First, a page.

Should You Opt for a Legal Separation Rather than a Divorce?
There are many couples who opt for a legal separation instead of a divorce. There are distinctions between legal separation and divorce, and it is important to understand their meaning so that you can ask the right questions while contemplating your future options.
Before going any further, you need to understand the meaning of a legal separation. This is a special binding agreement through a court’s order which will define handling of different types of financial matters such as liabilities and assets when a spouse opts to lead a separate life from his or her spouse.
Why should you prefer to be legally separated rather than getting divorced?
There are many couples who prefer separation over divorce for a host of financial, logical and personal reasons. The personal reasons could be when both the spouses decide to stay separately for some time to find out whether they really want their marriage to end or not. Moreover, there could be religious beliefs, which treat divorce as an unacceptable option or the desire to live a separate life while protecting your financial future.
Alternatively, there could be certain financial and logistical reasons to opt for a legal separation rather than going for a full-fledged divorce. Check out some of them:
- You may be in a position to get spousal benefits like health insurance, which will not be possible in case you were divorced.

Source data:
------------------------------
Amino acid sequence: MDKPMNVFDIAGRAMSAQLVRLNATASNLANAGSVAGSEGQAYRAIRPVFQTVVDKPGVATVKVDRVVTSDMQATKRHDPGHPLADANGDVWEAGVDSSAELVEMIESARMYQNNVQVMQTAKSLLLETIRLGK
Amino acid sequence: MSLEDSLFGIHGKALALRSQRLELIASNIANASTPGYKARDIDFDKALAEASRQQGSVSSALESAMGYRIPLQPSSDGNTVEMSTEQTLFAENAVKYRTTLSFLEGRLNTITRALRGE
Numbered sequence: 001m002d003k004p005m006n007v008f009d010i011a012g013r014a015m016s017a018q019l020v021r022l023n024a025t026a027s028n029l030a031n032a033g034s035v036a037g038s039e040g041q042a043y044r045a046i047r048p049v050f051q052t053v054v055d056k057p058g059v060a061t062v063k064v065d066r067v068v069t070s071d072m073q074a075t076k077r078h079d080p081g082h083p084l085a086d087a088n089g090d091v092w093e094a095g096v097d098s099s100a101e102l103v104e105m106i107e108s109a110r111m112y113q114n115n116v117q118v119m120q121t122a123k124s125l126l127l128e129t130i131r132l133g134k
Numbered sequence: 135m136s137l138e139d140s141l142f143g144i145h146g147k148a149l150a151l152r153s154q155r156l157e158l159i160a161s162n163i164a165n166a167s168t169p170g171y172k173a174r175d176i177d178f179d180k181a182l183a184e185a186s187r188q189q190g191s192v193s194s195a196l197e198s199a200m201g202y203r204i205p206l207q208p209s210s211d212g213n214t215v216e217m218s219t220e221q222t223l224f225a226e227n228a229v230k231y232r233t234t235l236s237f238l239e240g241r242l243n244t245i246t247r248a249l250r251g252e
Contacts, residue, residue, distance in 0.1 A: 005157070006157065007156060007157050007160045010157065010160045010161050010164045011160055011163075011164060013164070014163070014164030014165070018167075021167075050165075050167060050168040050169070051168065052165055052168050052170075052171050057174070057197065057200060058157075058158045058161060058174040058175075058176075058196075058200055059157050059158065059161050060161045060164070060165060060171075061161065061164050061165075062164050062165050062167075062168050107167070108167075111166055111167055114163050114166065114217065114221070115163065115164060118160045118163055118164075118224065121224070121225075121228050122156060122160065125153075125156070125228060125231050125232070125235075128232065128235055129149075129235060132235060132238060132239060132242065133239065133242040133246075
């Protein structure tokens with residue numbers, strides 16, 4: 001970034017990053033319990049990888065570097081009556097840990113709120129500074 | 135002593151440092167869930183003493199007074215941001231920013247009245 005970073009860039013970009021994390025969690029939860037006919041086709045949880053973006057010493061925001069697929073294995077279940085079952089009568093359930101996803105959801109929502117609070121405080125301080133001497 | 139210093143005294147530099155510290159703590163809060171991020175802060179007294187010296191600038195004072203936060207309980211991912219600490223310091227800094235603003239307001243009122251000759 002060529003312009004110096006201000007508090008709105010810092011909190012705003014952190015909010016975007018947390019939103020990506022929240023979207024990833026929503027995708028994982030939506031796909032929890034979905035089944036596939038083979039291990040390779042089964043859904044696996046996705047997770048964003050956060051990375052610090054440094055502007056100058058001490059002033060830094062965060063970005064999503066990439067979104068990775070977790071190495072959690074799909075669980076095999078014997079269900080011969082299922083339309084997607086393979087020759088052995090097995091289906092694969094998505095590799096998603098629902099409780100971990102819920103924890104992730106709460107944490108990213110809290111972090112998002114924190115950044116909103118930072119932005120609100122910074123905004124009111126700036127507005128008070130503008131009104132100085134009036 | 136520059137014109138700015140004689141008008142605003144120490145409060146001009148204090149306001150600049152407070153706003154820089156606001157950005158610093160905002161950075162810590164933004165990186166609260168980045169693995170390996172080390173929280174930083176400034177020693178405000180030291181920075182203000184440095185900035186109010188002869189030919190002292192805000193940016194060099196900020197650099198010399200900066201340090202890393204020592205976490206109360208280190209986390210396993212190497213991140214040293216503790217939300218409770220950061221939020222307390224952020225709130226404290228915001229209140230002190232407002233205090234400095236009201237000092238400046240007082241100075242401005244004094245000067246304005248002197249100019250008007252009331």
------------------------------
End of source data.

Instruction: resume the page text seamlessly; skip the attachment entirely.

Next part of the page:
- When you are living separately on a trial period, you could be worried about the debts being accumulated by your estranged spouse. When you go for legal separation, your financial liability gets limited and assets that you procure moving forward are protected.
- It is possible for you to get tax benefits when the marriage is terminated and you can continue filing your returns jointly. Any kids born while you are in the phase of separation is regarded as legitimate by the law since the couple’s marriage is still legal. But it also means that during your legal separation phase, you cannot marry someone else.
- Though you and your spouse may have come to an agreement to live separate lives, it is less expensive when both of you share the same house. So, you opt to be legally spared over divorce.
- A spouse gets protection from being deserted, that is the ground for divorce in several countries or states. This signifies that if you live separately without an agreement, charges of abandonment or desertion can be brought against you.
Getting divorced in California can be complicated. Download our free eBook, 18 Important Things to Know About California Divorce to educate yourself on the process.
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